The video below shows a listless 39-year-old Brian Harris, a black man lying in his own bed in his own home. He's holding a pocket knife. The police yell at him to put down the knife. In a stupor and still reclined, Harris says that he will not put it down. He makes no move toward the officers as he holds the knife and remains reclined. Nonetheless, they shock him with Taser guns twice, and later they shoot him to death.
The police went to Harris's home because his wife, Tyralyn Harris, called 911 on the night of Friday, April 9, for assistance. Her husband had locked himself in the bedroom and taken sleeping pills, report sources. NOLA.com quotes the wife's 911 call from that night:
"I don't think he want to live no more. I need somebody to come help him. ... He told me to take the children away from here."In a 2010 interview, his wife said that she only wanted them to talk to her husband and didn't know why the police showed up with assault weapons. The police said then that they felt threatened by the husband. Looking at the video, however, considering the number of police officers in the room, Harris's sedated demeanor and that he remained reclined and didn't really look at them while holding the pocket knife, and seeing that the police had guns, I wonder how it is that they thought he endangered them enough for them to shoot him to death?
Not surprisingly, the family filed a wrongful death suit against the NOPD, but last week, on Good Friday, March 29, Judge Sandra Vance, calling the use of deadly force "objectively reasonable," dismissed the case. Apparently there's more to the video and we don't have the actual shooting for public view, but she said that Harris moved toward the police and given the small space, they had reason to fatally shoot him. However, the judge also said, ". . . the court finds NOPD's whole approach to this type of situation troubling." She said "controlling law" forced her to rule as she did.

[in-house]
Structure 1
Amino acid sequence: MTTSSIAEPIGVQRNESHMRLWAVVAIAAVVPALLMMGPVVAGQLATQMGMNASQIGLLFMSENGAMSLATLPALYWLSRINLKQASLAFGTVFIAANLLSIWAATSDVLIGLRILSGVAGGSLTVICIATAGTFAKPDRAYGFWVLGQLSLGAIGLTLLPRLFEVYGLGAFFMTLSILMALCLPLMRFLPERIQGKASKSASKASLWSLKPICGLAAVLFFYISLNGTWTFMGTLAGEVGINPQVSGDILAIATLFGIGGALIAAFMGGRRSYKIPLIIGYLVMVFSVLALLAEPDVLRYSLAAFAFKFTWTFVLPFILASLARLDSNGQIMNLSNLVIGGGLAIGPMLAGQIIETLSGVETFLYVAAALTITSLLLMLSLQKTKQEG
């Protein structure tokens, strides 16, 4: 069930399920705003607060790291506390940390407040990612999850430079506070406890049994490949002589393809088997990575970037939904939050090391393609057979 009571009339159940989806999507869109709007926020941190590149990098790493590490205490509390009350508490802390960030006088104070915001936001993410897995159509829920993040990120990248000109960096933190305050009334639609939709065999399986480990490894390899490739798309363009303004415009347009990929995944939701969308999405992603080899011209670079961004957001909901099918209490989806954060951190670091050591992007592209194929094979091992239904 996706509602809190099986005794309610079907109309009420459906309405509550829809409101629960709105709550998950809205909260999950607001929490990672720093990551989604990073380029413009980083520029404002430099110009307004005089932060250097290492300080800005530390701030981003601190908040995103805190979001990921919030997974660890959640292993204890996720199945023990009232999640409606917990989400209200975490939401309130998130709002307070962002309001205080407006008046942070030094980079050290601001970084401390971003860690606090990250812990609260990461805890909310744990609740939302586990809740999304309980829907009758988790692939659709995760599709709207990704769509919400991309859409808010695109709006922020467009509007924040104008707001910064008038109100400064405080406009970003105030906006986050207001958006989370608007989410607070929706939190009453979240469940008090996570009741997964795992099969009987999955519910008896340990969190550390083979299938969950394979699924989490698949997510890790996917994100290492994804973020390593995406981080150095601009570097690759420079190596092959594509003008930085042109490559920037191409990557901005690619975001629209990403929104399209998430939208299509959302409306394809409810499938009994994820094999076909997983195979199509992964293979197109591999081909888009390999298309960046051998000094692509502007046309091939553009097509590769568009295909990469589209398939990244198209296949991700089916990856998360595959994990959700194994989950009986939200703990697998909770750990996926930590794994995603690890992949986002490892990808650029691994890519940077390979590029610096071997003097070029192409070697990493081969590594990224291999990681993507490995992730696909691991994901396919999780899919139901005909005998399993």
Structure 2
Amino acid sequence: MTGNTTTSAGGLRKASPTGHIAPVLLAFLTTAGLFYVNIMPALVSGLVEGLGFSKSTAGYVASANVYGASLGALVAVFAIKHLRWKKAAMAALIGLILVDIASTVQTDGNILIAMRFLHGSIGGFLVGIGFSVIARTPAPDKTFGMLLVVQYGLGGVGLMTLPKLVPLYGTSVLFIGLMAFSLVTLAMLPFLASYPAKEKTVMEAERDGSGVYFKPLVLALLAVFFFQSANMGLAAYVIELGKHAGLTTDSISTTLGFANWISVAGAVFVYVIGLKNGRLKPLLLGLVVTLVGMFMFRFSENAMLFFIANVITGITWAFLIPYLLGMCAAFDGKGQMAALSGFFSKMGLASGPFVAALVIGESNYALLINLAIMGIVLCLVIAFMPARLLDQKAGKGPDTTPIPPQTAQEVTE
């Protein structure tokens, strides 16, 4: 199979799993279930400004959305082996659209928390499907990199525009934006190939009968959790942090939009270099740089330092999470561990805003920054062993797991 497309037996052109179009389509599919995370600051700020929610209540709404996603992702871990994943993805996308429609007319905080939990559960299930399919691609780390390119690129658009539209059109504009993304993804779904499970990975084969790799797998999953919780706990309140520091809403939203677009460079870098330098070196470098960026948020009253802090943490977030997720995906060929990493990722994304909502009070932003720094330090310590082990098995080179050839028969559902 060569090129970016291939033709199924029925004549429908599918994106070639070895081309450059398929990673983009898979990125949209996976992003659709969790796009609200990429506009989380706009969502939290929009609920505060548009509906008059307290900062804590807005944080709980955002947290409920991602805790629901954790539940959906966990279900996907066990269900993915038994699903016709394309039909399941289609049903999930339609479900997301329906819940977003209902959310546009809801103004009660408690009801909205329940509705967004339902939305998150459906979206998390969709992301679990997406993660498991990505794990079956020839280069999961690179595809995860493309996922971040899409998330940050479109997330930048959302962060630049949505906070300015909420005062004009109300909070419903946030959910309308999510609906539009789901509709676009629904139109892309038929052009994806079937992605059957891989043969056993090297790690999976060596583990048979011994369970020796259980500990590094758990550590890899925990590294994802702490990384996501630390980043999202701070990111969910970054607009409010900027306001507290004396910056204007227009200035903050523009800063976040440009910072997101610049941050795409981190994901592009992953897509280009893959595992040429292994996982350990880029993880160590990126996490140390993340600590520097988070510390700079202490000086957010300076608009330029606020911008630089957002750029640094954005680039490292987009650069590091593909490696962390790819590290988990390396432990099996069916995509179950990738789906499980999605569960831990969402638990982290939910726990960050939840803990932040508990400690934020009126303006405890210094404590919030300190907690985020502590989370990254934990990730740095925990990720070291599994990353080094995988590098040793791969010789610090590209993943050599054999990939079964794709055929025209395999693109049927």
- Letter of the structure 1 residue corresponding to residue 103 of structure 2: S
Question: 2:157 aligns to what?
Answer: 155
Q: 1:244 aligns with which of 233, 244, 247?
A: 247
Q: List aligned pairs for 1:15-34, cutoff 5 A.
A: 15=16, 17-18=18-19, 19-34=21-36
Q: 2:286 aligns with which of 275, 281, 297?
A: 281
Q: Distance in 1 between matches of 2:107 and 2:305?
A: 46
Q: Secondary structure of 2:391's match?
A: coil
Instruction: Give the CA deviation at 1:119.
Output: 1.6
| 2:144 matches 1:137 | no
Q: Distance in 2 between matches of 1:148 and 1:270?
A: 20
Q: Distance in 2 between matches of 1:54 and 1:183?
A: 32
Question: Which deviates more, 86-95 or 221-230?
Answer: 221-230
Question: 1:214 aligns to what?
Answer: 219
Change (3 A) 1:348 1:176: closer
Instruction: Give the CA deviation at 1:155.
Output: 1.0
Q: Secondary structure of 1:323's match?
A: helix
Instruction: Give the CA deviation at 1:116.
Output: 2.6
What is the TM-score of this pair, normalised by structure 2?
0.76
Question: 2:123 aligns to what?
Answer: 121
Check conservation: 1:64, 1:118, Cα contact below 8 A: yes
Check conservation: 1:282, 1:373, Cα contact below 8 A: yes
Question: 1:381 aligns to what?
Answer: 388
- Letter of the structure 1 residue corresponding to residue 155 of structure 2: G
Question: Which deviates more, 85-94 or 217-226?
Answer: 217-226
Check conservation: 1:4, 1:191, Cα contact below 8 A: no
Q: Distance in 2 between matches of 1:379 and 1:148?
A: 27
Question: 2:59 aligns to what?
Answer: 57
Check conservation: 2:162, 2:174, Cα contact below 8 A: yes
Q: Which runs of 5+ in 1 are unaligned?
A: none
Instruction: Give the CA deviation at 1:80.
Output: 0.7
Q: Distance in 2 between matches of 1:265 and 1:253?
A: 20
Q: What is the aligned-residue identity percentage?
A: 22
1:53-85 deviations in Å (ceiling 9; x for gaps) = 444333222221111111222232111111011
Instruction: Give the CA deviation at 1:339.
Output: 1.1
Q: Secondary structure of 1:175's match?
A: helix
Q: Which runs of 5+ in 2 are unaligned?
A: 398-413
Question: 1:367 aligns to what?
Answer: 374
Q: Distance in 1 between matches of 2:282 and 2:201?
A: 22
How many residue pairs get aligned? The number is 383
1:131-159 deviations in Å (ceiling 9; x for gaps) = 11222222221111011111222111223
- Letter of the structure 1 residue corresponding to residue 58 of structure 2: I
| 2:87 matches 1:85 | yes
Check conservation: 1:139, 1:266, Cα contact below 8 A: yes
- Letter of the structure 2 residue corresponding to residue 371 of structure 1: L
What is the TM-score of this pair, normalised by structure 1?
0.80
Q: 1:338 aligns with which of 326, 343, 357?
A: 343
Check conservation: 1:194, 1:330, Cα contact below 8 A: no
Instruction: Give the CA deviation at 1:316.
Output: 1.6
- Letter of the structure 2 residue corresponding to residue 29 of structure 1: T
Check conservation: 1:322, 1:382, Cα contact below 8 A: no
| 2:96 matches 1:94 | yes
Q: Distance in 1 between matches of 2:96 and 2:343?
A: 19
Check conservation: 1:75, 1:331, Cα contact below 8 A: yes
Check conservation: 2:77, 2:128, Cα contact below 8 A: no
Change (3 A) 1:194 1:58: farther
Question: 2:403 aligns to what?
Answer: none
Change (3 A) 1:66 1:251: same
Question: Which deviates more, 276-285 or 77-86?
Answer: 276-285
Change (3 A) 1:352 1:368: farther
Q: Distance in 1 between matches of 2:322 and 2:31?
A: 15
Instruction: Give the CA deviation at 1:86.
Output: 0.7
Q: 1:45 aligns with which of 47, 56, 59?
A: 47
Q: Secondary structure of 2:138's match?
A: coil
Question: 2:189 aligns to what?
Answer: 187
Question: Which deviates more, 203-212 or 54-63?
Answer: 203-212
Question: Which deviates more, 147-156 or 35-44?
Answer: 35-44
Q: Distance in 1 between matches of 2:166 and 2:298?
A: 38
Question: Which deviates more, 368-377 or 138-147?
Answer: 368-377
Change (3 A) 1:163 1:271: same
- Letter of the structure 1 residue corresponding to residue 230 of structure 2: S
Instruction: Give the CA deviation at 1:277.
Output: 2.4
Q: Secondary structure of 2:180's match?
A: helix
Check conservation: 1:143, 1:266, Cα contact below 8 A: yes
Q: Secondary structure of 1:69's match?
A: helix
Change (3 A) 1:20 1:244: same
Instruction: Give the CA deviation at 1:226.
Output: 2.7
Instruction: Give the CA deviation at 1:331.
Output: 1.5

I have a friend, a young white woman, who experienced depression last year, and when she told a counselor that she was suicidal and did not know how to reach anyone she could call to come pick her up, the police showed up instead. They handcuffed her and took her to a facility. Fortunately for her, she didn't resist or appear to have a weapon or she may have ended up in the morgue, at least that's how this video makes me feel: That all of us should be afraid of the NOPD due to their lack of sufficient professional training. Why doesn't the city have a better procedure for handling people in mental distress?
I ask that question and so do many others commenting on the story at NOLA.com. One young woman under the screenname Beautiful Mind wrote:
I wish NOPD would participate in CIT training. CIT began with the Memphis TN PD when an officer killed a mentally ill man. The Crisis Intervention Team program is a community effort enjoining both the police and the community together for common goals of safety, understanding, and service to the mentally ill and their families. It is to these goals the Memphis Police Department stands committed.She continues her comment to say that the police should seek a win-win situation in these types of situations. I agree. (Read about Memphis CIT program at this link.)
I know we live in a dangerous city and many of our men and women in blue are dedicated servants who put their lives in danger for the sake of our safety each day. It troubles me that I cannot always support the actions our police force. I have learned rather that I must question their actions, always question whether they act to protect and serve. What ever happened to Officer Friendly? Is it possible to have an Officer Compassion in New Orleans?
The way the NOPD mishandled Brian Harris's case, as well as the way they've mishandled some others in which actual criminals were involved, makes me inclined to doubt that their intentions are mostly good. And that doubt is the sign of crippled city. That doubt brings about an unsettling grief. I love New Orleans, but I grieve for her, too, often.
Madness and Reality also talks about this story under "Post Racial Update" and Field Negro under "Post Racial Blues." Ms. Lady Deborah's blogged it, too at From My Brown Eyed View.